The Sanctuary Movement of the 1980s in the US is an excellent example of the social ministry of a coalitional church, especially concerning the reception of ‘undesirable aliens’. According to researchers, at the peak of its movement up to 600 churches and secondary sanctuary groups joined the movement across the country, declaring themselves official ‘sanctuaries’ (Chinchilla, Hamilton, and Loucky 2009: 106). There are two distinct aspects of the Sanctuary Movement. First, the movement had a significant social impact on the American public, a rare thing for the church to achieve in a secular society. The idea of ‘sanctuary’ itself spread out and affected other civil institutions including schools and colleges, cities and states, and even other religious organizations (Ahn 2019: 95). Second, the movement exemplified the church’s spirit of resistance against structural injustice that victimizes the marginalized and the disenfranchised. Thus Susan Krehbiel writes: ‘Sanctuary is an act of resistance: resistance against government actions and policies that are contrary to our moral traditions, resistance against fear, resistance against divisions that pit us vs. them’ (2017: 21).

Carmen Nanko-Fernández points out that ‘the phenomenon of migration brings human differences of all kinds into our churches, our neighbourhoods, and within our respective national borders’ (2015: 20). As a community of faith, the church may consider ‘this new diverse reality’ as a call to advance God’s kingdom. Indeed, ‘people on the move point to the universal kinship of the human family which necessarily requires, at the very least, tolerance, respect for identity, and an appreciation for religious and cultural solidarity’ (2015: 20). In responding to the rising number of ‘unauthorized’ and ‘undesirable’ migrants in the contemporary world, the Christian church across the globe can also acknowledge that, as the body of Christ, its central mission is to provide unconditional care for those in dire need. The church should stand in solidarity with the voiceless, not only to protect their God-given human rights and dignity but also to promote justice against structural injustice by initiating or joining a coalitional ministry.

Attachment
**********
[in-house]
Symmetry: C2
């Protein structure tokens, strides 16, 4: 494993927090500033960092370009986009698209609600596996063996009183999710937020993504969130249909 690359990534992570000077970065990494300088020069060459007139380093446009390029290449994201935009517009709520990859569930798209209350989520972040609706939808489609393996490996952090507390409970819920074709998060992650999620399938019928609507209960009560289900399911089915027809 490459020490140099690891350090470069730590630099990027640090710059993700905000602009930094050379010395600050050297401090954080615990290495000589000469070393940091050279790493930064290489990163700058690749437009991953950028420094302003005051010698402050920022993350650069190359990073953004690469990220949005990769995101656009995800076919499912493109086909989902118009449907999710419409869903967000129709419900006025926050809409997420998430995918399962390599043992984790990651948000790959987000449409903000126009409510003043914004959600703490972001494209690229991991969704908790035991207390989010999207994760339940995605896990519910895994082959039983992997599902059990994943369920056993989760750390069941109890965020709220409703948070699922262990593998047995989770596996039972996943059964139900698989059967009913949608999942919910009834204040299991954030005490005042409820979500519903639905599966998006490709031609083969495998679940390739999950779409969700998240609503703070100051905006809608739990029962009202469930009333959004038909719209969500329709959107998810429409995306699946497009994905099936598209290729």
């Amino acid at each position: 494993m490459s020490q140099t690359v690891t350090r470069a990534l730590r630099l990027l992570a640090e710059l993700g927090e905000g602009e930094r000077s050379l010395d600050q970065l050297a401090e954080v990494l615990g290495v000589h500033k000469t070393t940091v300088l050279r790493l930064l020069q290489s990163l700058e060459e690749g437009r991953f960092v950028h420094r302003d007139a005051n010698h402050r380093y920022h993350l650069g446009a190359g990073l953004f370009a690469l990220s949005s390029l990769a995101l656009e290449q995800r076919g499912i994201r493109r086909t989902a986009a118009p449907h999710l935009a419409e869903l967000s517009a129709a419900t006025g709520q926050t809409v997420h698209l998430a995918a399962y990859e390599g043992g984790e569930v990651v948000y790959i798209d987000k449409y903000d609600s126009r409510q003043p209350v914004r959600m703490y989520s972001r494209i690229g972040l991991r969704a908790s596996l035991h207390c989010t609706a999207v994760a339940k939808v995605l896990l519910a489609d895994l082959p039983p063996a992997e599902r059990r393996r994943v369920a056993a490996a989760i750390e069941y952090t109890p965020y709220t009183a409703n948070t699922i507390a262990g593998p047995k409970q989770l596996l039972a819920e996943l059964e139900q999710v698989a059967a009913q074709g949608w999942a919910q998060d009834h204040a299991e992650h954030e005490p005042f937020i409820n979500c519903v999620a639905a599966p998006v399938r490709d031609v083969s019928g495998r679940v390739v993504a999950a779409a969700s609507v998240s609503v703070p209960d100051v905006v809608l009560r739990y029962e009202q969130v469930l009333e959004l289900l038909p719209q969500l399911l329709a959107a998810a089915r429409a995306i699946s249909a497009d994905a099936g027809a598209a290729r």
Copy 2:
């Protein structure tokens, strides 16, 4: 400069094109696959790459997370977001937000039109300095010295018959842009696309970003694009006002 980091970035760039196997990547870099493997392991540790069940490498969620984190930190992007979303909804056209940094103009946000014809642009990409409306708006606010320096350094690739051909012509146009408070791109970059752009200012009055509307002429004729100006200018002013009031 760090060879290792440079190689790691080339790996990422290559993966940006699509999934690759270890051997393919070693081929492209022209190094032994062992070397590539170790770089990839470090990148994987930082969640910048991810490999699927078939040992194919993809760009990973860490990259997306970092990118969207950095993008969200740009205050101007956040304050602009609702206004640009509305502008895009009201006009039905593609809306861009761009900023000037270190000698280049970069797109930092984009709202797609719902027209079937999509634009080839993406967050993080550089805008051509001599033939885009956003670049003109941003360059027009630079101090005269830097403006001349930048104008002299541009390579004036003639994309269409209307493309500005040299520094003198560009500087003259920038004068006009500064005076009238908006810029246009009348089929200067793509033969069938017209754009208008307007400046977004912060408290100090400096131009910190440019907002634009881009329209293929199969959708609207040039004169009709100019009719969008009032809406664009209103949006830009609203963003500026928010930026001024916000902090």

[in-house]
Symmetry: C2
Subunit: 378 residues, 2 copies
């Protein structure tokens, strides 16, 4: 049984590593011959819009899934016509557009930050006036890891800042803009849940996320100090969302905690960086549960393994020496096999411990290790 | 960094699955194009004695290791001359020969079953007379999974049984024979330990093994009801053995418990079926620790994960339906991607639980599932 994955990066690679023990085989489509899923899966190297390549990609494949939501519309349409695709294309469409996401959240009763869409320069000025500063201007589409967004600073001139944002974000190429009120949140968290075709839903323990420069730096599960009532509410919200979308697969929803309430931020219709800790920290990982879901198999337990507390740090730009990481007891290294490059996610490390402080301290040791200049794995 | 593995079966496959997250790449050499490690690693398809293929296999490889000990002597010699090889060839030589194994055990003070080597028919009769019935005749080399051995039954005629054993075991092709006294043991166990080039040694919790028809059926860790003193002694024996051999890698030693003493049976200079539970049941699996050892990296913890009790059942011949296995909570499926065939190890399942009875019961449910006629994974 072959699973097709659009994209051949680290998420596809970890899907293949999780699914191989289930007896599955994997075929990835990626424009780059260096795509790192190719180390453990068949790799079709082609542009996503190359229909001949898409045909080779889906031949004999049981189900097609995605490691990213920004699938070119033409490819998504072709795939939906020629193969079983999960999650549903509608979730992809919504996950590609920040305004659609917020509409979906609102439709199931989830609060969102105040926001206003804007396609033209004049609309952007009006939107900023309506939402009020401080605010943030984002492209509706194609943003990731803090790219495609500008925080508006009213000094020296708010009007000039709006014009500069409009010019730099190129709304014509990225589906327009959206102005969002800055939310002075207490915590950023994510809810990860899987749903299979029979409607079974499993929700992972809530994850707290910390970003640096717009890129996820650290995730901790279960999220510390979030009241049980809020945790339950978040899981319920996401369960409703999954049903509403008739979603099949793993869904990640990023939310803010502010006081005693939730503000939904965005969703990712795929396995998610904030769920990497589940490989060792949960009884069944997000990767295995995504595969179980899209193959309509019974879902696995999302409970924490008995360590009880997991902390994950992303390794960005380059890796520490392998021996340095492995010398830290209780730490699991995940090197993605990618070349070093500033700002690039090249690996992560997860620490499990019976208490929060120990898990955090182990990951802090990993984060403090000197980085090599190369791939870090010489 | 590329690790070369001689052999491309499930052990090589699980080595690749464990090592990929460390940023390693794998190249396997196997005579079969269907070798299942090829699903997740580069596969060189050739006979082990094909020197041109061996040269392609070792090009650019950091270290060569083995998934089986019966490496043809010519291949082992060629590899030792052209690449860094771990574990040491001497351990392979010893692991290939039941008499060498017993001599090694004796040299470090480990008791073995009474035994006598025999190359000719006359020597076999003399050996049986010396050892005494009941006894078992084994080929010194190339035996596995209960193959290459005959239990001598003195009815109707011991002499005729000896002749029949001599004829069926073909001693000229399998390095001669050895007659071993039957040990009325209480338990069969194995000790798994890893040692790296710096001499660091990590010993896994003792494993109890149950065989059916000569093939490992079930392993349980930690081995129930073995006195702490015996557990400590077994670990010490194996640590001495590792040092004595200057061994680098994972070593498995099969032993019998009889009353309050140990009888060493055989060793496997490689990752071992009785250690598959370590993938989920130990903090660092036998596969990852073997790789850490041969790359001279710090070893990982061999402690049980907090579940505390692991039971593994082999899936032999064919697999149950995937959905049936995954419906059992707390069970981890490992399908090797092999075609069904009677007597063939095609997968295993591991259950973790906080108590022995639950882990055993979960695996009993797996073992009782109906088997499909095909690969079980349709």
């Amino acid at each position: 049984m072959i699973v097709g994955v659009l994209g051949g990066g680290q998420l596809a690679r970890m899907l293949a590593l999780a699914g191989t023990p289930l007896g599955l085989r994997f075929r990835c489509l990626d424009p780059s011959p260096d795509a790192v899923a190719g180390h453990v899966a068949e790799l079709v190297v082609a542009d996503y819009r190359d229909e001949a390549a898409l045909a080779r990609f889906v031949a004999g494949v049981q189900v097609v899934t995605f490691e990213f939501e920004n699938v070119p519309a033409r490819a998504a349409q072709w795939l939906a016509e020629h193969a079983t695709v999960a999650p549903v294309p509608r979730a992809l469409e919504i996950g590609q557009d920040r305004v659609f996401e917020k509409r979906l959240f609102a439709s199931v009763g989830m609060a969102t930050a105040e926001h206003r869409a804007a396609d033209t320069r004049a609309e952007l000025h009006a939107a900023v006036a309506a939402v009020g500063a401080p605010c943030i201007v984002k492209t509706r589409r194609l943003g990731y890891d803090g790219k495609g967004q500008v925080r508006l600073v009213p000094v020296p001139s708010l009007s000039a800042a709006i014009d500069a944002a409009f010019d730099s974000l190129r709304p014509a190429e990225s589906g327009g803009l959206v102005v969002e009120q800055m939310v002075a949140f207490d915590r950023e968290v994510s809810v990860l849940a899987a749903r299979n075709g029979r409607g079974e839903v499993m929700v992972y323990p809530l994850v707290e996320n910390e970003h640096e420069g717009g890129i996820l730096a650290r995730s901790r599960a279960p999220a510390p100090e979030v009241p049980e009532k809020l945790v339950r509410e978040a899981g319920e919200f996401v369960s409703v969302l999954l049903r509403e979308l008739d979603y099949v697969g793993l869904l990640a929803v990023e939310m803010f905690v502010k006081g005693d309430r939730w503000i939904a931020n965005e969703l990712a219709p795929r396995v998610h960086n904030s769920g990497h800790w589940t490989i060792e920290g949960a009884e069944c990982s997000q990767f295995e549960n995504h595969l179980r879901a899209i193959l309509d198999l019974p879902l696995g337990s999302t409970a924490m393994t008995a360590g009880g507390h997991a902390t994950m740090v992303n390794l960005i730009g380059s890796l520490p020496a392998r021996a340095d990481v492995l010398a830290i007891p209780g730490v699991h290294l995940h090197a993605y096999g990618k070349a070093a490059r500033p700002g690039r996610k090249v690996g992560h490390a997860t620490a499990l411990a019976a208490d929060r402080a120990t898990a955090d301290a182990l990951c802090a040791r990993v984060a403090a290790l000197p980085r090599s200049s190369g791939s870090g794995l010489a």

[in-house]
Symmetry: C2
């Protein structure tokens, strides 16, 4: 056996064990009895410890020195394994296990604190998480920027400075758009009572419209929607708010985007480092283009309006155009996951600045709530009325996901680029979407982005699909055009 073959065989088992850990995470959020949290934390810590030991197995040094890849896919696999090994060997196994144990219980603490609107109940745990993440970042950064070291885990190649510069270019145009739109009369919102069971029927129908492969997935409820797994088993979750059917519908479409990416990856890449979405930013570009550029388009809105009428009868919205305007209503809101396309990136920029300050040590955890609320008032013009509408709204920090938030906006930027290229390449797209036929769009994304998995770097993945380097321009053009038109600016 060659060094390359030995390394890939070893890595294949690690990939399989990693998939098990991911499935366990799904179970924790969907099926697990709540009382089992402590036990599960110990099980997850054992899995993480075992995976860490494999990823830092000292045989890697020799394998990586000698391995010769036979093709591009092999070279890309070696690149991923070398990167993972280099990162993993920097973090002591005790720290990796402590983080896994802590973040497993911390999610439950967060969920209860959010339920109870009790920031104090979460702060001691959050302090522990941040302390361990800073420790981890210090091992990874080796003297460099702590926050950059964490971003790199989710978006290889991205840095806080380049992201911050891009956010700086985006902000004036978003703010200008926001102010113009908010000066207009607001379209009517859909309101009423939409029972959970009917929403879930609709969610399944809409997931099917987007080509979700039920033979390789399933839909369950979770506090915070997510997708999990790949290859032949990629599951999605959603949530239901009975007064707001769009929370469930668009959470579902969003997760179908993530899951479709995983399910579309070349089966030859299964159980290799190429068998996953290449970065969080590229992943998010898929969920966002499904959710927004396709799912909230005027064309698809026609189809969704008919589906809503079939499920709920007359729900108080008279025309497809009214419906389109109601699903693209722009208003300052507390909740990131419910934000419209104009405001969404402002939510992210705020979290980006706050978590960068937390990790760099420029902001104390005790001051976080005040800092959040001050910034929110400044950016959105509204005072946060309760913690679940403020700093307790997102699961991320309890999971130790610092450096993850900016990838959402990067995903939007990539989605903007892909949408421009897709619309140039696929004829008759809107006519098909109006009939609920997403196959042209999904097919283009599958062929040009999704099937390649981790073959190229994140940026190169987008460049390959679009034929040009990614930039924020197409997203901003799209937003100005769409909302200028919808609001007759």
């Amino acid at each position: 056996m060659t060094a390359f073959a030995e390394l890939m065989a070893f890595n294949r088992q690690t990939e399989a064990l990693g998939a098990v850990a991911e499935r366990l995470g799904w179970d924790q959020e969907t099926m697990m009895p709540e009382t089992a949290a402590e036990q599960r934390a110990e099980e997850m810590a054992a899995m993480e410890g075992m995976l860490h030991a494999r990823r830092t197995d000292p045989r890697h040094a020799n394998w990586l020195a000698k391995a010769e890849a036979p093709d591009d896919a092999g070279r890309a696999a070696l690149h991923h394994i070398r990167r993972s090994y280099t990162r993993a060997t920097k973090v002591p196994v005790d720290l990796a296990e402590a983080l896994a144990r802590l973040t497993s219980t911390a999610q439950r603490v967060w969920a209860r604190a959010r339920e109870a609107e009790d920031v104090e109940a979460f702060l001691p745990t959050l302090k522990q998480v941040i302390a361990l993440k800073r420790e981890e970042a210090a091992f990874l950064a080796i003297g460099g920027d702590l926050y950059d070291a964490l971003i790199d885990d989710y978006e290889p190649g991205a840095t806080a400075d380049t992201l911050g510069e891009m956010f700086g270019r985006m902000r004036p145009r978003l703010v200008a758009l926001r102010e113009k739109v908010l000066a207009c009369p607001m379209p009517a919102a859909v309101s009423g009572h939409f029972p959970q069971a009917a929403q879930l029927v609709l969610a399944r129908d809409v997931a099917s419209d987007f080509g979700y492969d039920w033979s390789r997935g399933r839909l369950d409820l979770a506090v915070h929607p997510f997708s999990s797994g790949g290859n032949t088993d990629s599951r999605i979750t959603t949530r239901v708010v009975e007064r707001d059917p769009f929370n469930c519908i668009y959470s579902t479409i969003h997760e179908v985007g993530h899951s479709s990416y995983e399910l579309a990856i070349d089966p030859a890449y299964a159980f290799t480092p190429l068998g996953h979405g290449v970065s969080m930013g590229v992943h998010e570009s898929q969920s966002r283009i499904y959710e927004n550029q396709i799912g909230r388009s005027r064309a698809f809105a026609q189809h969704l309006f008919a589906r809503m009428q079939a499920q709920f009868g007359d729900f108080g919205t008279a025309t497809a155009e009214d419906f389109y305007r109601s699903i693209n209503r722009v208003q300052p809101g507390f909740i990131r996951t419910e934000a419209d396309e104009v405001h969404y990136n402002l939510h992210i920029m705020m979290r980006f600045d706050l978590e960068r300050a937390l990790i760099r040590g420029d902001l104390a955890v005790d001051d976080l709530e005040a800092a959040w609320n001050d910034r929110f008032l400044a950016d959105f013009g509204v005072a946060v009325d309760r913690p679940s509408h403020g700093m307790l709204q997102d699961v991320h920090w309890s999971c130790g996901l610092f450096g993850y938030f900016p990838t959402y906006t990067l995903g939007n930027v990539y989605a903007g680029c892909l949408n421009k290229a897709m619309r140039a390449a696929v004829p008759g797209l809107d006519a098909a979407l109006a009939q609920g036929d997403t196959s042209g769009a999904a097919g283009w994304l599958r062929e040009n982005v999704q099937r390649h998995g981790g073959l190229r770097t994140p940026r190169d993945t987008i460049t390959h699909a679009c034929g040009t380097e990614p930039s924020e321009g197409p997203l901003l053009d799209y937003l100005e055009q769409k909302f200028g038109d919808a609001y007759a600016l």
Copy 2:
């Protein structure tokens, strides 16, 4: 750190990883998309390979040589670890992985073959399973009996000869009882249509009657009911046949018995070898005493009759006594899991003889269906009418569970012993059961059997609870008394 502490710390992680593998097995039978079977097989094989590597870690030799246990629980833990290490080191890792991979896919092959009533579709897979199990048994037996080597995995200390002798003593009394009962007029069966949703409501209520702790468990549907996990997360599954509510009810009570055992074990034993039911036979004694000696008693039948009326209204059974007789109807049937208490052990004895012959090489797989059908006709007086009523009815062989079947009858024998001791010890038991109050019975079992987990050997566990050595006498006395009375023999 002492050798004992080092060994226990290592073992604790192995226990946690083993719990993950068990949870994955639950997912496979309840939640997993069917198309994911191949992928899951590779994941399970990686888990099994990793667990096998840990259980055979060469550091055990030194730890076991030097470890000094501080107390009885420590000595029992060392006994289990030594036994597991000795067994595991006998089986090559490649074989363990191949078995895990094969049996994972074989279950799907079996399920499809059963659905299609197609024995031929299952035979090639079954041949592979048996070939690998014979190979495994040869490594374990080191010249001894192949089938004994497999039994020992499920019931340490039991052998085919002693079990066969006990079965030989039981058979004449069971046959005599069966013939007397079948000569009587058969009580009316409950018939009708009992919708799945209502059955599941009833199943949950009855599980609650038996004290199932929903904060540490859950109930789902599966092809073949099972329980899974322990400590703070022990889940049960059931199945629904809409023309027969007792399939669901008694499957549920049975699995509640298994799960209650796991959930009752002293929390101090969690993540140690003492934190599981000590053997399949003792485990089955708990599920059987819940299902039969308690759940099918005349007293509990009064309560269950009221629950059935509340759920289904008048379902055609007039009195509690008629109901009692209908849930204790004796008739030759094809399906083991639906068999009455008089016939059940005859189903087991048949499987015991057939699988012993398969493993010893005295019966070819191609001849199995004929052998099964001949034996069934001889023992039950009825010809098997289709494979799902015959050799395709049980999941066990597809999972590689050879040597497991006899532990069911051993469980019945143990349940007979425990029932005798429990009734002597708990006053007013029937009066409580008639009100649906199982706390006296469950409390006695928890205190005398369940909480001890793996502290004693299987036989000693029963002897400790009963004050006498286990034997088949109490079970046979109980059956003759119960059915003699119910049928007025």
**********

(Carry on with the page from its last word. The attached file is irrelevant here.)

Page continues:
As Victor Carmona and Robert Heimburger point out, the church’s solidarity work will likely have to face the secular ‘populism’ (especially, they believe, ‘right-wing’ populism) that ‘furthers the perception of immigrants as a threat’ (Carmona and Heimburger 2022: 40). Against this challenge, as demonstrated by Catholic and Anglican churches in the US and the UK, the church faces the challenge of continuing to confront populist immigrant policies directly and indirectly, in light of scripture (Carmona and Heimburger 2022: 43). Without hope, no one can live a meaningful human life; this is even more so for those who are in hopeless situations due to systemic and structural reasons. The church can be the place where these people find hope. In this respect, the church’s engagement in all types of coalitional activities for ‘the least of these’ can be called a ‘politics of hope’. From the perspective of a migration theology, the church becomes itself when it engages in the coalitional politics of hope, globally as well as locally, in the age of migration.


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  • Further reading

    • Ahn, Ilsup. 2013. Religious Ethics and Migration: Doing Justice to Undocumented Workers. New York: Routledge.
    • Allard, Silas W., Kristin E. Heyer, and Raj Nadella (eds). 2022. Christianity and the Law of Migration. New York: Routledge.
    • Carroll R., M. Daniel. 2020. The Bible and Borders: Hearing God’s Word on Immigration. Grand Rapids: Brazos Press.
    • Cruz, Gemma Tulud. 2010. An Intercultural Theology of Migration: Pilgrims in the Wilderness. Boston: Brill.
    • Cruz, Gemma Tulud. 2014. Toward a Theology of Migration: Social Justice and Religious Experience. New York: Palgrave Macmillan.
    • De La Torre, Miguel A. 2009. Trails of Hope and Terror: Testimonies on Immigration. Maryknoll, NY: Orbis.
    • Firth, David G. 2019. Including the Stranger: Foreigners in the Former Prophets. Downers Grove: InterVarsity Press.
    • Groody, Daniel G. 2002. Border of Death, Valley of Life: An Immigrant Journey of Heart and Spirit. New York: Rowman & Littlefield Publishers.
    • Heimburger, Robert W. 2018. God and the Illegal Alien: United States Immigration Law and a Theology of Politics. New York: Cambridge University Press.
    • Heyer, Kristin E. 2012. Kinship Across Borders: A Christian Ethics of Immigration. Washington D.C.: Georgetown University Press.
    • Pohl, Christine D. 1999. Making Room: Recovering Hospitality as a Christian Tradition. Grand Rapids: Eerdmans.
    • Rajendra, Tisha M. 2017. Migrants and Citizens: Justice and Responsibility in the Ethics of Immigration. Grand Rapids: Eerdmans.
    • Sweeden, Nell Becker. 2015. Church on the Way: Hospitality and Migration. Eugene, OR: Pickwick Publications.
    • Snyder, Susanna, Agnes M. Brazal, and Joshua Ralston. 2016. Church in an Age of Global Migration: A Moving Body. New York: Palgrave Macmillan.